As noted in the document, the lowest rating for the accessibility indicators of the executive authority is, among other things, due to the delay in the modernization process and the unification of the new websites of the ministries and the Government, which would provide new digital and modern tools to facilitate the proactive transparency of each institution.


Some of the institutions do not have their addresses in the Internet space

If you want to get information about boating permits in Ohrid, you will probably have to struggle to find a phone number where you can call and ask a question. The Port Captains Office, which regulates the relations of participants in an inland lake and river navigation, does not have its website, and when you type its name in one of the Internet search engines, the first link that comes up will take you to the website of the Ministry of transport and communications, which includes the Port Captains Office.

However, the website of the Ministry of Transport lists only the names and e-mail addresses of employees of the Port Captains Office, without explaining their positions and without phone numbers to any department. Therefore, if you need information about navigation permits, you will have to send an email to one of the addresses and hope that they are the right employee who has the information you need but also wait for a response in writing form.

Finally, you will probably be able to find the phone number of the Port Captains Office on the Facebook profile of this authority, but even there they are not “in the mood” to publish information. During this past year, from September of last year until today, the Captaincy shared only one post on Facebook – in January, when it announced the terms for acquiring the title of “boat driver”.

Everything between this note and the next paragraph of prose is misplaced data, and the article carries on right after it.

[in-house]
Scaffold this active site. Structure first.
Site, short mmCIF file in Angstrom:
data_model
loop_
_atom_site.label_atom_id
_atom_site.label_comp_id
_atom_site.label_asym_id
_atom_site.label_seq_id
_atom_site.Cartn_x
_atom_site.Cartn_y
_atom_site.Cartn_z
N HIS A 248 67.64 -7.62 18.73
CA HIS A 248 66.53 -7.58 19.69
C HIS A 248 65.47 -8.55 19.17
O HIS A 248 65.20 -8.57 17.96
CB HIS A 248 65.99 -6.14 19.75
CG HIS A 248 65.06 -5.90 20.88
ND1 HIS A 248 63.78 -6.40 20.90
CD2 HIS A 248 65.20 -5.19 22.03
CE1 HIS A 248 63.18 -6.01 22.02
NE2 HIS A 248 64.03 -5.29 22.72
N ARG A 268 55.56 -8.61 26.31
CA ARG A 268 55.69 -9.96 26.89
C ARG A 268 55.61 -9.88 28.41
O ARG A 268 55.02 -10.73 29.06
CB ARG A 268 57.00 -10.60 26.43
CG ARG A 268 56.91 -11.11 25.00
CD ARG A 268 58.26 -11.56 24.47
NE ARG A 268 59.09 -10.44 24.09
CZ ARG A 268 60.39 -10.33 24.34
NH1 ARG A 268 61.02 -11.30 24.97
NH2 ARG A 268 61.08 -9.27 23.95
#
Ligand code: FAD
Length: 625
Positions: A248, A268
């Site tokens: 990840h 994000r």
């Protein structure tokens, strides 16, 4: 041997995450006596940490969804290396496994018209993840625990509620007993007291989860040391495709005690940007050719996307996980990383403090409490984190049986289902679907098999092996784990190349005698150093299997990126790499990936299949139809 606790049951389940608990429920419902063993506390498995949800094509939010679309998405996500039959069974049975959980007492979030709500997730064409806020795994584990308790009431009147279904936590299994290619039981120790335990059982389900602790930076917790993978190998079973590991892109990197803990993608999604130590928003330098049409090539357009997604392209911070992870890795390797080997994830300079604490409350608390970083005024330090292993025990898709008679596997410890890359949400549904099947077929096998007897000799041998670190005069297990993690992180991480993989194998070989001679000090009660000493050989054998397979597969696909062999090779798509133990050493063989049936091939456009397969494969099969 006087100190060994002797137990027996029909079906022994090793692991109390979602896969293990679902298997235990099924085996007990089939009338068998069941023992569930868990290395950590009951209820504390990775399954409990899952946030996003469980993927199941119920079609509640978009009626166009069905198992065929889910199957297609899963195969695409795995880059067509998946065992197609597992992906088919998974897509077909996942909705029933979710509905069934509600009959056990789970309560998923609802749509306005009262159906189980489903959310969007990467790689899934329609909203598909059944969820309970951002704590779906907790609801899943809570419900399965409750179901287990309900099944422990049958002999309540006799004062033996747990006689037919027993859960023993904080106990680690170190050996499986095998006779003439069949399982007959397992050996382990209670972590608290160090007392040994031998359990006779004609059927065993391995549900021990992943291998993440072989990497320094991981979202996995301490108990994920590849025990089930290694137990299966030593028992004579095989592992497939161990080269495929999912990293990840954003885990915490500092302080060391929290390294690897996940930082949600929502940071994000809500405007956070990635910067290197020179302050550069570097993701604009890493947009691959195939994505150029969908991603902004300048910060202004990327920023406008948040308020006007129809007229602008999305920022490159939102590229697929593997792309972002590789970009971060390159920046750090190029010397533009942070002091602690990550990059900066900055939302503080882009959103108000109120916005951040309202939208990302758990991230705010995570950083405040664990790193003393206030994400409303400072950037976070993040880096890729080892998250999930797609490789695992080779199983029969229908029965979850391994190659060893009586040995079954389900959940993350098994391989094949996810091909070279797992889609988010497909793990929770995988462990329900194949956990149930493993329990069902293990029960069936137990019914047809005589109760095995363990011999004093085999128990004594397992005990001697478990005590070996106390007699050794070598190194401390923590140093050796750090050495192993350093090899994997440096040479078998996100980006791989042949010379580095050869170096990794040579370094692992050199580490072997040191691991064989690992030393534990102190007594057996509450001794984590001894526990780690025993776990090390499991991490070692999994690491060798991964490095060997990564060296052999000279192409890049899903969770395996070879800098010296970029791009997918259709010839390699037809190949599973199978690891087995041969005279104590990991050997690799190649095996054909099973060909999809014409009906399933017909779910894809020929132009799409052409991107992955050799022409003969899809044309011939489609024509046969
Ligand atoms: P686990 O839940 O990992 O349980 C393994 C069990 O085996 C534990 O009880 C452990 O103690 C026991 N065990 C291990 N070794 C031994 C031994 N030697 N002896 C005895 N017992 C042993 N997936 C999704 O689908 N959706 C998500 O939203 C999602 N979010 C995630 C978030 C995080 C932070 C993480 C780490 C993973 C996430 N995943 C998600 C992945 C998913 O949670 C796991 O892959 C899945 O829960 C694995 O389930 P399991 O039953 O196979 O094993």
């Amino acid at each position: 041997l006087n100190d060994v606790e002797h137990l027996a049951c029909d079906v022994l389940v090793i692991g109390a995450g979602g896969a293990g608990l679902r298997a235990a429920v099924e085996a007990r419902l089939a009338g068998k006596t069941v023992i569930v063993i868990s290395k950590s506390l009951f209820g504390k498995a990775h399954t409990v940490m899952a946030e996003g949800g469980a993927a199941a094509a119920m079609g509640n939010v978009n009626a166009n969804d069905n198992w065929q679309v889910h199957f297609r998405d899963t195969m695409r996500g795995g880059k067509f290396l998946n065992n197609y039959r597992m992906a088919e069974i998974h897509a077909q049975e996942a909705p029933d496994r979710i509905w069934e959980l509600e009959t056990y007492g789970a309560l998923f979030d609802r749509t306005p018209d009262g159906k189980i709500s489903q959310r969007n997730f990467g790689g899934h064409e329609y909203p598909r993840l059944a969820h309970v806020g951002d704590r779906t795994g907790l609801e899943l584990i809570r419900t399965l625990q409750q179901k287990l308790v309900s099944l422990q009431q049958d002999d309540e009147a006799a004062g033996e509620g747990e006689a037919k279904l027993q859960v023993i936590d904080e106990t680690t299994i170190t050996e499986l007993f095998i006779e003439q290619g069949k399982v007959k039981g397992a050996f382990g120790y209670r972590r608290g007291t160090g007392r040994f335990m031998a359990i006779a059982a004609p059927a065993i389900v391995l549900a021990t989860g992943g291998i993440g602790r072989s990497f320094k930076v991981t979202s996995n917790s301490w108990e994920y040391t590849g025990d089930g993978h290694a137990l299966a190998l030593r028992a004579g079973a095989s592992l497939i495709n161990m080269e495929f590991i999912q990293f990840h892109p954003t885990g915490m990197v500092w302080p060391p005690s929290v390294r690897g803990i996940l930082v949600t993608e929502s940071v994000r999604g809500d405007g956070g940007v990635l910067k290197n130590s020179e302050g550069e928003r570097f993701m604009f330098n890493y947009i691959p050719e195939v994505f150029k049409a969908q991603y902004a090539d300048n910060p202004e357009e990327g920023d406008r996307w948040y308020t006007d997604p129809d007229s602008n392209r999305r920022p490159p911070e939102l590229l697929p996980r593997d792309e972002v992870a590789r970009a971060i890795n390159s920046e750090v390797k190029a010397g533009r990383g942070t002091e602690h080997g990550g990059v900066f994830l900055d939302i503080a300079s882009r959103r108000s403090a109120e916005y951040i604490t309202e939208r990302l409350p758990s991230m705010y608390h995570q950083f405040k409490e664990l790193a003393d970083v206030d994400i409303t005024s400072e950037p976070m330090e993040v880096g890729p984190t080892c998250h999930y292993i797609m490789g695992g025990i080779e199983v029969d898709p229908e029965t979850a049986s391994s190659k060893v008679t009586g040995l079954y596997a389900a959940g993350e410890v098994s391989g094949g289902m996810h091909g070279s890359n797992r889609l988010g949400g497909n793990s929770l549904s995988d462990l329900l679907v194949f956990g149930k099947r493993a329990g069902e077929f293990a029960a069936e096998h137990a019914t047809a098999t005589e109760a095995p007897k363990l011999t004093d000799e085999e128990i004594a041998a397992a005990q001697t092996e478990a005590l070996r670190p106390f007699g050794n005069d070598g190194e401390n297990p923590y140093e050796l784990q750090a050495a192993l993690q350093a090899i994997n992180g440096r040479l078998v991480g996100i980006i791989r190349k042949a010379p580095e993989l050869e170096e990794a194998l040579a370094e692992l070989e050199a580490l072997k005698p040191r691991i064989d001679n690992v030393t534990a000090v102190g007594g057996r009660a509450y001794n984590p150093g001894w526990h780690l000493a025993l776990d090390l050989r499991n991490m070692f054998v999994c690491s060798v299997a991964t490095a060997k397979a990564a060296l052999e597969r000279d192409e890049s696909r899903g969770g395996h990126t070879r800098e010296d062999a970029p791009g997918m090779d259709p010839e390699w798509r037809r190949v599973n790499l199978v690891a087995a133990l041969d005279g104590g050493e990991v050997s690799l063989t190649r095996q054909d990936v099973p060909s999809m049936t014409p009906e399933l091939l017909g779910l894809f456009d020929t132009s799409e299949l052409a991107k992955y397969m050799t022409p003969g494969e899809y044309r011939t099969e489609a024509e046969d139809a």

The Port Captains Office in Ohrid is one of the eight among the 33 observed executive bodies in the country that do not have their website. In addition to this authority, the Office for Spatial Information System, Administration for Development and Promotion of Education on Languages used by the Communities, Directorate for Seeds and Seed Materials, Directorate for Water Management, Directorate for Protection of Plants, the Administration for Spatial and Information System, Directorate for issues of fighters and war invalids and the Pedagogical Service.

Given that websites are, legitimately, the main source of information about the work of institutions, and are a tool for the fastest, easiest and safest access, executive bodies that do not have websites are at the bottom of the indicator fulfillment scale.

Even some of those institutions and authorities that have websites, do not use them to inform the public about activities and topics within their scope. There are examples of institutions and bodies that do not regularly update their pages with news and current events, for months or even years, as well as those that provide very short or almost no information about their work.

Infographic: Websites of the executive organs /